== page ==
Chronic dietary changes in n-6/n-3 polyunsaturated fatty acid ratios cause developmental delay and reduce social interest in mice

Kim van Elst, Jos F Brouwers, Jessica E Merkens, Mark H Broekhoven, Barbara Birtoli, J Bernd Helms, Martien J H Kas

    Research output: Contribution to journalArticleAcademicpeer-review

    Abstract

    Polyunsaturated fatty acids (PUFAs) are one of the main cellular building blocks, and dietary changes in PUFA composition are proposed as a potential route to influence brain development. For example, initial studies indicated that there is a relation between blood omega-6(n-6)/omega-3(n-3) PUFA ratios and neurodevelopmental disease diagnosis. To study the consequences of dietary n-6/n-3 PUFA ratio changes, we investigated the impact of a n-3 supplemented and n-3 deficient diet in developing BTBR T + Itpr3tf/J (BTBR) - a mouse inbred strain displaying Autism Spectrum Disorder (ASD)-like symptomatology - and control C57BL/6J mice. This study showed that pre- and postnatal changed dietary n-6/n-3 ratio intake has a major impact on blood and brain PUFA composition, and led to delayed physical development and puberty onset in both strains. The PUFA induced developmental delay did not impact adult cognitive performance, but resulted in reduced social interest, a main ASD behavioral feature. Thus, both chronic dietary n-3 PUFA supplementation and depletion may not be beneficial.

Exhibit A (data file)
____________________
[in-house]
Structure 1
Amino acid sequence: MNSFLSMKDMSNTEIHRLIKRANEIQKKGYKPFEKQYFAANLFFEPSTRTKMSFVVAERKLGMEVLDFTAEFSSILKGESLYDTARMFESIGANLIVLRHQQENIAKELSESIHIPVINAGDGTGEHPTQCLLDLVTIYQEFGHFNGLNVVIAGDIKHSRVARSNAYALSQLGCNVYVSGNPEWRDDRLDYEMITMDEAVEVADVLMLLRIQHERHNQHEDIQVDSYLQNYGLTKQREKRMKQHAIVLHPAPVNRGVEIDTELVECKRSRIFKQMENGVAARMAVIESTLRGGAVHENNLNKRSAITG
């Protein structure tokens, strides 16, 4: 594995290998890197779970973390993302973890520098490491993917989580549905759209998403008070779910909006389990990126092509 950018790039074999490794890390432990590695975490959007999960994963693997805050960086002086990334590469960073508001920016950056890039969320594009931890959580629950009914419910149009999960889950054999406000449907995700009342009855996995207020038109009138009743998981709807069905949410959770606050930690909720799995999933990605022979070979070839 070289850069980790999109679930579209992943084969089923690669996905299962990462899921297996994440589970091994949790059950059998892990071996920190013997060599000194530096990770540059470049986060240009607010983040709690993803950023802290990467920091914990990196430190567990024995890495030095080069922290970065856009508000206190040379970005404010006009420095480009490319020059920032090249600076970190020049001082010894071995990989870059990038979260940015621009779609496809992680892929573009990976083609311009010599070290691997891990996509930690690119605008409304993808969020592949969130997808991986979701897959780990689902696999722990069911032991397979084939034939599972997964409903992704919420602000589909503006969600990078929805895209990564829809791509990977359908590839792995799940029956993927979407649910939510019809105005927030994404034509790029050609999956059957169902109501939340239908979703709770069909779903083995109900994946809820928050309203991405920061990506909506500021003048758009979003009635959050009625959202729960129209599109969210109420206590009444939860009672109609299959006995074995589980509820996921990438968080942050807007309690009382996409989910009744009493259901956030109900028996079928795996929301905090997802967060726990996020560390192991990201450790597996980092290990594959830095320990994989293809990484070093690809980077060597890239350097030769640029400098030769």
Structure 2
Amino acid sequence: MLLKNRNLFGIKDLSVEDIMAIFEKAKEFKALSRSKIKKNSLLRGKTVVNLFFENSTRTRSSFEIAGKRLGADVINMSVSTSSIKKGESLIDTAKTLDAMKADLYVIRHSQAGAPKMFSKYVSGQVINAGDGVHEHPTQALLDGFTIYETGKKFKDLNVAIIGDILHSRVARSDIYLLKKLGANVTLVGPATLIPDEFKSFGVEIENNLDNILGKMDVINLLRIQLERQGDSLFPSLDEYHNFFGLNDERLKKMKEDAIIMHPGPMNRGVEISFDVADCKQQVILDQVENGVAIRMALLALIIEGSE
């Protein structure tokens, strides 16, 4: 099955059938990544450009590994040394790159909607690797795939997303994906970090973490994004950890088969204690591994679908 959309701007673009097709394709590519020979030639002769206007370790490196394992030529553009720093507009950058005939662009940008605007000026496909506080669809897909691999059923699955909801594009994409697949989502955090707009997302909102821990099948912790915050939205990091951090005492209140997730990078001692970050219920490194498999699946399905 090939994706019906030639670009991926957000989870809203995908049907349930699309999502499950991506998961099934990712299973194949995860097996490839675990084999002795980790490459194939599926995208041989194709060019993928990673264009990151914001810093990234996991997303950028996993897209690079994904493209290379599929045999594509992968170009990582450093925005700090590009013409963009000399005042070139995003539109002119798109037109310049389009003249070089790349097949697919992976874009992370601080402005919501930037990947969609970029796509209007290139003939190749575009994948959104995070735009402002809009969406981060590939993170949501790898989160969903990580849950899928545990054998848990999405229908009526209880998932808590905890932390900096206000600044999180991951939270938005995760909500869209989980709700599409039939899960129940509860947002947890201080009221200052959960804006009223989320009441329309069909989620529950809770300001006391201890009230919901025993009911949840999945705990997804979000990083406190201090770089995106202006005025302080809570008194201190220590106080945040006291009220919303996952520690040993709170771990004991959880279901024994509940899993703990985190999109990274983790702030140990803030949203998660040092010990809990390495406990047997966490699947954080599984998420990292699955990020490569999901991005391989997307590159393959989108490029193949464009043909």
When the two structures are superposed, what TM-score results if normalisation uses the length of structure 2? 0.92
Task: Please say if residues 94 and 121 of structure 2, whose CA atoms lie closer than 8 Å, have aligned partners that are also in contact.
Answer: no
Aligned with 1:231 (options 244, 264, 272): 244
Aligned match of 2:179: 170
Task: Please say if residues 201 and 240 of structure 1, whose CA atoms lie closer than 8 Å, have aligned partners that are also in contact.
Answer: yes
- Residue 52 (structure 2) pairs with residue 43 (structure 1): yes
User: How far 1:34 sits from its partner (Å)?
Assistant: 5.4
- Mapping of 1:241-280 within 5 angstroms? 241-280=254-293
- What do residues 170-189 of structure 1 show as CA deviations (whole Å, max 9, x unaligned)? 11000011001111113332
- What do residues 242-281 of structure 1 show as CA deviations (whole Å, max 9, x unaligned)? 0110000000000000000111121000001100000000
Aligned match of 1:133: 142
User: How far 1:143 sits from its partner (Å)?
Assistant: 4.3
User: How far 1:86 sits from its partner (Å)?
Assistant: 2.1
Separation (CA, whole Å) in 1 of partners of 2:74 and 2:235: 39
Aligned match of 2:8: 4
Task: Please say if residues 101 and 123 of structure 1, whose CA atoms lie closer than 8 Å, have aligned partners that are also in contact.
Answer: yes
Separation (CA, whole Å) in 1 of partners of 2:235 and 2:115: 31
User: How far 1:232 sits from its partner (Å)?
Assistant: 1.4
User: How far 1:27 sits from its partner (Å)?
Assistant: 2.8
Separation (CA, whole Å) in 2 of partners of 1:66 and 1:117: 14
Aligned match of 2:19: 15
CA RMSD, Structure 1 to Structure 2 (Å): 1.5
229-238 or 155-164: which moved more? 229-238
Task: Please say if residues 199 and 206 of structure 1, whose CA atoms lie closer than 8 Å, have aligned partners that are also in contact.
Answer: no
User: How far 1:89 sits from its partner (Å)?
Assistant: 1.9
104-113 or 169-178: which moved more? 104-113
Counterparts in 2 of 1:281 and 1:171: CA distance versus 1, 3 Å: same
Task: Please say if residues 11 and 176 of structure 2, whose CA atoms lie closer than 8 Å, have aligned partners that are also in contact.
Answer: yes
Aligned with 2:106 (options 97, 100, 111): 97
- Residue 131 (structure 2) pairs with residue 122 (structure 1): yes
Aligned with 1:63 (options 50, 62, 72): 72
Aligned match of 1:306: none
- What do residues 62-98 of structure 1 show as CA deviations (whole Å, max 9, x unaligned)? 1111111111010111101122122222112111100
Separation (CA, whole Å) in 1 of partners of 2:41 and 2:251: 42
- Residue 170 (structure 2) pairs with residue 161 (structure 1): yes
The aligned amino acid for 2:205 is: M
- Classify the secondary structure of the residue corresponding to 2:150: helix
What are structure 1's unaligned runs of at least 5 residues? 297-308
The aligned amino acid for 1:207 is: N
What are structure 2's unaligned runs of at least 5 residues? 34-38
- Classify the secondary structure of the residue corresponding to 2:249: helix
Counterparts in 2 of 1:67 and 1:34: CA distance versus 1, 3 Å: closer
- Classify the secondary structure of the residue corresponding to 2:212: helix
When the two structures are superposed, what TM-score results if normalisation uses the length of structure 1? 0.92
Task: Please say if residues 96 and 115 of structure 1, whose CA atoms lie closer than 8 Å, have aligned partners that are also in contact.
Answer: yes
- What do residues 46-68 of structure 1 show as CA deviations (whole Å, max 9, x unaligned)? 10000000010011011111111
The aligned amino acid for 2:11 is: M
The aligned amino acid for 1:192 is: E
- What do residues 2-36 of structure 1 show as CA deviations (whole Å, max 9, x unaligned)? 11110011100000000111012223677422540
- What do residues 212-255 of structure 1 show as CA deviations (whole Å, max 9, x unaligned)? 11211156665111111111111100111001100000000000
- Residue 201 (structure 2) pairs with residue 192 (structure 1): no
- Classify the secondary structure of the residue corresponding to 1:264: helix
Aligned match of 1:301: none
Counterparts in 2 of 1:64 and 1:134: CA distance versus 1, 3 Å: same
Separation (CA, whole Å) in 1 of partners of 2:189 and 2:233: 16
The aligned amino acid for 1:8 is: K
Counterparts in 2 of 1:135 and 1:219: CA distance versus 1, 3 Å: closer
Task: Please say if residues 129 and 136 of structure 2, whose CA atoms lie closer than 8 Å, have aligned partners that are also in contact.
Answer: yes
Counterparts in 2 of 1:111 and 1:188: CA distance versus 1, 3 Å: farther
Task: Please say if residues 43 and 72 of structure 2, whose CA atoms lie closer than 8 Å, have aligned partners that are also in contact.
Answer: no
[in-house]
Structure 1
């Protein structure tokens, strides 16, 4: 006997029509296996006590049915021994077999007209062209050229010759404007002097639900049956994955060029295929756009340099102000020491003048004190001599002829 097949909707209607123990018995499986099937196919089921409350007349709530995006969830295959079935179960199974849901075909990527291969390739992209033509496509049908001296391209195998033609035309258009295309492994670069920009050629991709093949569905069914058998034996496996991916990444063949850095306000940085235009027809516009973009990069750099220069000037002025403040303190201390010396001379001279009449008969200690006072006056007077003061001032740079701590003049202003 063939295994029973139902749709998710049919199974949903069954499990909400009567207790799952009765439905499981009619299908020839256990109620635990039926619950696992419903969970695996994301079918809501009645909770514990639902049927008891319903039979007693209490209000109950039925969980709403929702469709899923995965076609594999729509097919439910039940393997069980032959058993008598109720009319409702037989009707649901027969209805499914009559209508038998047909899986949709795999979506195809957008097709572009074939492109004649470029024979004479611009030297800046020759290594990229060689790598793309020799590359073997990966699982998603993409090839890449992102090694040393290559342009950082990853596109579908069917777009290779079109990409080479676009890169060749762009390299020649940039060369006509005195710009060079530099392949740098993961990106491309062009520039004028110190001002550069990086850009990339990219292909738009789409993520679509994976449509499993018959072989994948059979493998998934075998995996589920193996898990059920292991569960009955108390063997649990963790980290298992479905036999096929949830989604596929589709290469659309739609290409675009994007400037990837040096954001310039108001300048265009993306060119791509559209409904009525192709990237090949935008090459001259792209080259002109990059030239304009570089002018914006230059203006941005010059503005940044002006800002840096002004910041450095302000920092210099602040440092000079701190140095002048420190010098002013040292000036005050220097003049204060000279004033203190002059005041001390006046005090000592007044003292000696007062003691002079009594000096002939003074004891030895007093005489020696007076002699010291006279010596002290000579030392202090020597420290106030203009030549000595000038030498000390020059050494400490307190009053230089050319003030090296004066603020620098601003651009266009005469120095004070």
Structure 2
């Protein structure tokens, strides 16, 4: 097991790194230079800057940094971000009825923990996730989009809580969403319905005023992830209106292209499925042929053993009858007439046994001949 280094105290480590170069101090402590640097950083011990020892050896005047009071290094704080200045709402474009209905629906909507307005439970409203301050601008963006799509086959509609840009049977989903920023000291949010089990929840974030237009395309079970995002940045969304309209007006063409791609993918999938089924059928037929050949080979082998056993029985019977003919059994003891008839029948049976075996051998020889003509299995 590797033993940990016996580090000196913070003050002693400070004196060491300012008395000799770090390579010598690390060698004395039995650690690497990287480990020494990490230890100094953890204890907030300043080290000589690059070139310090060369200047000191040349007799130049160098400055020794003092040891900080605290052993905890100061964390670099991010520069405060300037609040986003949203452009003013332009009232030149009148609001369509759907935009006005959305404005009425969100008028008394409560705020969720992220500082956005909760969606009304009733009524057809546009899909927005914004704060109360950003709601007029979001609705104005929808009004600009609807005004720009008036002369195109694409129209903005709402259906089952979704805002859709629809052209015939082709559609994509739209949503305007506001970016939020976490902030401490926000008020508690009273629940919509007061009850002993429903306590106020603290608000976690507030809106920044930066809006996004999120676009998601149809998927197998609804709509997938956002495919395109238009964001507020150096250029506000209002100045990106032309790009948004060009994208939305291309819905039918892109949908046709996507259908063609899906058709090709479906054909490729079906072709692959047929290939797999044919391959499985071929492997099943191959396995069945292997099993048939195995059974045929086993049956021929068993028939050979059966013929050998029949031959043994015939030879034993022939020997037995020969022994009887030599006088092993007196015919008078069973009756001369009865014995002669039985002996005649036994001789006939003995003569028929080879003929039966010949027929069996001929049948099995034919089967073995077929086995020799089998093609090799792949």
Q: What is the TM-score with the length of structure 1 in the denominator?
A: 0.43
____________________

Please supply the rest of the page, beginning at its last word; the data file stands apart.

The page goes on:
Original languageEnglish
    Pages (from-to)16-31
    JournalEuropean Neuropsychopharmacology
    Volume29
    Issue number1
    Early online date15 Dec 2018
    DOIs
    Publication statusPublished - 2019

    Keywords

    • Autism
    • Spectrum
    • Disorder
    • Polyunsaturated fatty acids
    • Developmental delay
    • Omega-3
    • Mouse behavior

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